11. Maleknia, R., Namiranian, M. and Feghhi, J., 2006. Investigation on the effective factors in agricultural lands selection in Zagros forest and their influence on forest stands status (Case study: cheshmeh Khazaneh rural boundary- Ilam). Forest & Rangeland, 71: 22-25.
12. Manion, P.D., 1991.Tree Disease Concepts. Prentice-Hall Career and Technology, New Jersey.
13. Manion, P.D., Lachance, D., 1992. Forest Decline Concepts. APS Press, St. Paul, Minnesota.
14. McDowell N., Pockman W.T., Allen C.D., Breshears D.D., Cobb N., Kolb T., et al., 2008. Mechanisms of plant survival and mortality during : why do some plants survive while others succumb to drought? New Phytol. 4: 719–739.
15. Millers, I.; Shriner. D.S.; Rizzo, D., 1989. History of hardwood decline in the eastern United States. Gen. Tech. Rep. NE-126. Broomall, PA. United States Department of Agriculture, Forest Service. Northeastern Forest Experiment Station. 75 p.
16. Miner, B., 2004, Associated Dieback strategy, Forest ecology and management,214: 3-4, 24-35.
17. Moreira, A.C and Martins J. M. S., 2004. Influence of site factors on the impact of Phytophtora cinnamomi in cork oak stands in Portugal. Forest Pathology, 35(3):145-162. Slinkard, K., Singleton, V.L., 1977. Total phenol analysis; automation and comparison with manual methods. Enology and Viticulture, (28): 49-55.
18. Moreira, A.C and Martins J. M. S., 2004. Influence of site factors on the impact of Phytophtora cinnamomi in cork oak stands in Portugal. Forest Pathology, 35(3):145-162.
19. Pulido, R., Bravo, L., Saura-Calixto, F., 2000. Antioxidant activity of dietary polyphenols as determined by a modified ferric reducing/antioxidant power assay. J Agric Food Chem. 48: 3396–402.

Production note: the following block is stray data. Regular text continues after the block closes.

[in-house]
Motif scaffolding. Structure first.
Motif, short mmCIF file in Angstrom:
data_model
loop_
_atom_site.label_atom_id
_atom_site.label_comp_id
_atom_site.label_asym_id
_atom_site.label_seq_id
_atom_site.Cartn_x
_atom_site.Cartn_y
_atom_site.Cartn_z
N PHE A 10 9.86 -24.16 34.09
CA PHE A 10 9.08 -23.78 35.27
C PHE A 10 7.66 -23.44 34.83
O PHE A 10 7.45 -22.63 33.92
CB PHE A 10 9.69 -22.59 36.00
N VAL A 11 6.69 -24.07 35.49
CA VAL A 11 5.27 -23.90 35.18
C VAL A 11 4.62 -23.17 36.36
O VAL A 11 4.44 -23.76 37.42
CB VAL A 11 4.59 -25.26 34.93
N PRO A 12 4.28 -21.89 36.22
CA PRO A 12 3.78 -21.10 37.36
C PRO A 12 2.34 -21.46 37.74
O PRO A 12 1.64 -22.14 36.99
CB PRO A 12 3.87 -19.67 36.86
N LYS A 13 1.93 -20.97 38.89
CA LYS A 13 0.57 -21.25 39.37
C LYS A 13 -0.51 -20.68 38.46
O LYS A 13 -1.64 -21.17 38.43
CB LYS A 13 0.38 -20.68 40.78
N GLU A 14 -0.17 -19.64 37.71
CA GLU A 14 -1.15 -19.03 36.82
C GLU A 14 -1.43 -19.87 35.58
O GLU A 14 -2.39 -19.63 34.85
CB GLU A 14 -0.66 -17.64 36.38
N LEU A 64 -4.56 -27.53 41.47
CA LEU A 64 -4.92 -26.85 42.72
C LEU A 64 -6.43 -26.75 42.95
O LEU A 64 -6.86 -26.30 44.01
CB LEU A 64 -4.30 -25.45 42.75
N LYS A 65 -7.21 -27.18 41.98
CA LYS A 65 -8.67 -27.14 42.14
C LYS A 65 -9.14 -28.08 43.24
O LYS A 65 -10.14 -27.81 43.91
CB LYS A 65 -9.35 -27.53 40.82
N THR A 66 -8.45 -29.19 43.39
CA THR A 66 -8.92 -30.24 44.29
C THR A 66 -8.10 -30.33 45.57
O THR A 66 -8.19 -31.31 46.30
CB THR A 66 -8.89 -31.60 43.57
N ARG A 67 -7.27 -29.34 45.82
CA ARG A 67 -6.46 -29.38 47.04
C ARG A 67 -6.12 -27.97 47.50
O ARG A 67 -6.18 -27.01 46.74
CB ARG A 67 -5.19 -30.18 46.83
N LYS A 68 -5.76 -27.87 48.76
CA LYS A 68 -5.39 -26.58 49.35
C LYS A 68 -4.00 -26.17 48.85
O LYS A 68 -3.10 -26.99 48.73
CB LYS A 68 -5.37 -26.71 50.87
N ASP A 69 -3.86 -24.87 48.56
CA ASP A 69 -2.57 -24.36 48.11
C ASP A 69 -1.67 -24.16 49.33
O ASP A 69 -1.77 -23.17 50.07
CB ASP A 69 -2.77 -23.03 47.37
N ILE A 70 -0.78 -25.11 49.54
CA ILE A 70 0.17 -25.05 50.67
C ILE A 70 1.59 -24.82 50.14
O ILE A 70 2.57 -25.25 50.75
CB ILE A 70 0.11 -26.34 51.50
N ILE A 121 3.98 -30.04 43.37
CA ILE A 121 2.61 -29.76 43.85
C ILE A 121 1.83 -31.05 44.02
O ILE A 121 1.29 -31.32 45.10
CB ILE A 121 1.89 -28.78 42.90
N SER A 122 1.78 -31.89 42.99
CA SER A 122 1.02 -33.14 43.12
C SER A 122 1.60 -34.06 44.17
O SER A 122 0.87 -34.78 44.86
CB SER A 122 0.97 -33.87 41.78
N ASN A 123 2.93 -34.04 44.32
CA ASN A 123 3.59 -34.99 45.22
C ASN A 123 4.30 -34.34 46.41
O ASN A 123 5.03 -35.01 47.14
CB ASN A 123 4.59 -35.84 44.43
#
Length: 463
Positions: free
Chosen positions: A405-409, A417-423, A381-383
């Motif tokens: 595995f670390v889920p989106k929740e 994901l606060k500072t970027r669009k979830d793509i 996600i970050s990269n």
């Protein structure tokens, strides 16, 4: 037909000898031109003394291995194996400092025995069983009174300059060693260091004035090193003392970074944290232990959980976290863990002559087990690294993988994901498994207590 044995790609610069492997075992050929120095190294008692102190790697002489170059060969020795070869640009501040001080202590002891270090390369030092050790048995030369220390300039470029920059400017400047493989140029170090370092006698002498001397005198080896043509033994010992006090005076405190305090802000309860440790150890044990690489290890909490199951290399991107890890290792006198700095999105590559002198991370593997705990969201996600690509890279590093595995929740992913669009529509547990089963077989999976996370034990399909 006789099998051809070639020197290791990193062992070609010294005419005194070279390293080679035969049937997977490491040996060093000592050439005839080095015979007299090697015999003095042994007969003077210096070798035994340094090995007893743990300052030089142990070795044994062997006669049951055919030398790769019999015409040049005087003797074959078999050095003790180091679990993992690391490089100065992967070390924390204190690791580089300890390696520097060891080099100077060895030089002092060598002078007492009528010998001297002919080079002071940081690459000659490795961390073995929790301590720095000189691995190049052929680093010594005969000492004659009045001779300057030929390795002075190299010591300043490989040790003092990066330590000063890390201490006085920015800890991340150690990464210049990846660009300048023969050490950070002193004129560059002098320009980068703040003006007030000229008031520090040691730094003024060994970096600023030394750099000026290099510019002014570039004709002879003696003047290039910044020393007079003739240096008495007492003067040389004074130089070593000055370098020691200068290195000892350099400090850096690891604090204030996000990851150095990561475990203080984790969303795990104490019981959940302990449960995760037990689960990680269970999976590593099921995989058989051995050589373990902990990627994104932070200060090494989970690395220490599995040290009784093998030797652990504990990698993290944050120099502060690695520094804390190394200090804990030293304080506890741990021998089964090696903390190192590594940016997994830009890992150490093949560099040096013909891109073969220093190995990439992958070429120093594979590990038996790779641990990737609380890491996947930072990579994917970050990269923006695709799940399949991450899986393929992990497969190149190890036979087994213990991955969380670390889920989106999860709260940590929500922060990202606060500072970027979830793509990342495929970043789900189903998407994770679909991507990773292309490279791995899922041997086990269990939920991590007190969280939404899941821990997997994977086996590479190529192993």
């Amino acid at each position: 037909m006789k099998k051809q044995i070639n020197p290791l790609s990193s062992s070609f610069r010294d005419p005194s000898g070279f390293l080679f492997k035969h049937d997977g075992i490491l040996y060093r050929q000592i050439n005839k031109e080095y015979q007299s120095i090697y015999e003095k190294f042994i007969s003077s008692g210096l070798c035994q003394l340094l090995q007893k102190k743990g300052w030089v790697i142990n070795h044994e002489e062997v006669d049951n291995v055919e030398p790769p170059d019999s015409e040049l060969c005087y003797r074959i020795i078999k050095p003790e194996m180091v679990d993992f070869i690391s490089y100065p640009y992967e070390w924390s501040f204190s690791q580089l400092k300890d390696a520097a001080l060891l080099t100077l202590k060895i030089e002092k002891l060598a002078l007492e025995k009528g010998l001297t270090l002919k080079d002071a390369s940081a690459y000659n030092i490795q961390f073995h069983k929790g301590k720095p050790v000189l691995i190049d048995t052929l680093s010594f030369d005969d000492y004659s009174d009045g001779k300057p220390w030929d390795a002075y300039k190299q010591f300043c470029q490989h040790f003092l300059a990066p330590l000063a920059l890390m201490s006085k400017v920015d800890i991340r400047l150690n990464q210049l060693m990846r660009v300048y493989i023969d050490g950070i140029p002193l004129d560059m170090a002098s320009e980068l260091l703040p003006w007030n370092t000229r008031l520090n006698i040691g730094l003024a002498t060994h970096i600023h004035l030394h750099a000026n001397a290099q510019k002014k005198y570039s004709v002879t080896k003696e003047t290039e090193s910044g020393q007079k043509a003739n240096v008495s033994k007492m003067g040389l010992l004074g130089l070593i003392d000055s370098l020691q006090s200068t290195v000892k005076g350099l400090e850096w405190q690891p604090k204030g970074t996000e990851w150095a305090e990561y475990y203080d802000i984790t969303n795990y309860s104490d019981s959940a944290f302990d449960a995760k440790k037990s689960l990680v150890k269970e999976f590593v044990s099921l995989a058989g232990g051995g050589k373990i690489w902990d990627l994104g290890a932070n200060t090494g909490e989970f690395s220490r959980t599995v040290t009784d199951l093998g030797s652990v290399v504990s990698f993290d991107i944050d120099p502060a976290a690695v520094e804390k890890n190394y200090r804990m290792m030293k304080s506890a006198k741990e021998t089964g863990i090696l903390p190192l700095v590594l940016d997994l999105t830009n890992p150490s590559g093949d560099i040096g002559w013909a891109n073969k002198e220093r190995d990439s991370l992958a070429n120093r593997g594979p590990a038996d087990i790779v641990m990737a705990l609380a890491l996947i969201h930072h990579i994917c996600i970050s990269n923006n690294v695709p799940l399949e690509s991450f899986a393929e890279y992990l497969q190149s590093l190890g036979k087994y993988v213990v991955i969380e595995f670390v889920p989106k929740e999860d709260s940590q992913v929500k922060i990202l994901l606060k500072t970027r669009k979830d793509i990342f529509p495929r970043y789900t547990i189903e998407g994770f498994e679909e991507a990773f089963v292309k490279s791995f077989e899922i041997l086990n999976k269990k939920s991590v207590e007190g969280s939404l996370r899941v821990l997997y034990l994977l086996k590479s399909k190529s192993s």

20. Samsone I., Andersone U., Ievinsh G., 2011. Gall midge Rhabdophaga rosaria-induce rosette galls on Salix: morphology, photochemistry of photosynthesis and defense enzyme activity. Environmental and Experimental Biology, (9): 29–36.
21. Schomaker, M.E., S.J. Zarnoch, W.A. Bechtold, D.J. Latelle, W.G. Burkman., S.M. Cox, 2007. Crown-condition classification: a guide to data collection and analysis, 78 pp.
22. Silva B.M., Andrade P.B., Valentao, P., Ferreres, F., Seabra, R.M., Ferreira M.A., 2004. Quince (Cydonia oblonga Miller) fruit (pulp, peel, and seed) and jam: antioxidant activity. J Agric Food Chem, 52: 4705–12.
23. Somogy, M. 1952. Notes on sugar determination. Journal of Biological Chemistry; 195: 19-29.
24. Starkey, D. A., Oak, S.W., Ryan, G. W., Tainter, F. H. Redmond, C. and Brown, H. D., 1988. Evaluation of oak decline areas in the south. Protection Publication, R8-PR 17. Atlanta, GA: U.S. Department of Agriculture, Forest Service, Southern Region, 36 p.
25. Starkey, D.A., Oak, S.W., 1988. Site factors and stand conditions associated with oak decline in southern upland hardwood forests. In: Rink, G, C. A. Budelsky, eds
26. Tilki, F., Yuksek, F.T., Guner, S., 2009. The Effect of Undercutting on Growth and Morphology of 1+0 Bareroot Sessile Oak Seedlings in Relation to Acorn Size. Austr. J. Basic and Appl. Sci, 3(4): 3900-3905
27. Tomiczek, C., 1993. Oak decline in Austria and Europe. J. Arboric. 19, 71–73.
28. Wang, D., Bormann, F.H., Lugo, A.E. and Bowden, R.D., 1991. Comparison of nutrient-use efficiency and biomass production in five tropical tree taxa. Forest Ecology and Management,46:1-21.
29. Wargo, P.M. Houston, L.A. LaMadeleine .1983. Oak decline. Forest Insect & Disease Leaflet 165. -Washington, DC: U.S. Dept. of Agriculture, Forest Service. 8 p.
Send email to the article author

Add your comments about this article
Your username or Email:

CAPTCHA


XML   Persian Abstract   Print


Download citation:
BibTeX | RIS | EndNote | Medlars | ProCite | Reference Manager | RefWorks
Send citation to:

Mahdi Karami S, Badehian Z, Ahmadi A, Rajabi M. Investigating the Signs of decline and its impact on the total phenolic compounds, flavonoids and protein of the leaves Quercus, brantii (Case Study: Lorestan province). PEC. 2019; 6 (13) :155-176
URL: http://pec.gonbad.ac.ir/article-1-311-en.html


Volume 6, Issue 13 (3-2019) Back to browse issues page
مجله حفاظت زیست بوم گیاهان Journal of Plant Ecosystem Conservation
Persian site map - English site map - Created in 0.06 seconds with 32 queries by YEKTAWEB 3991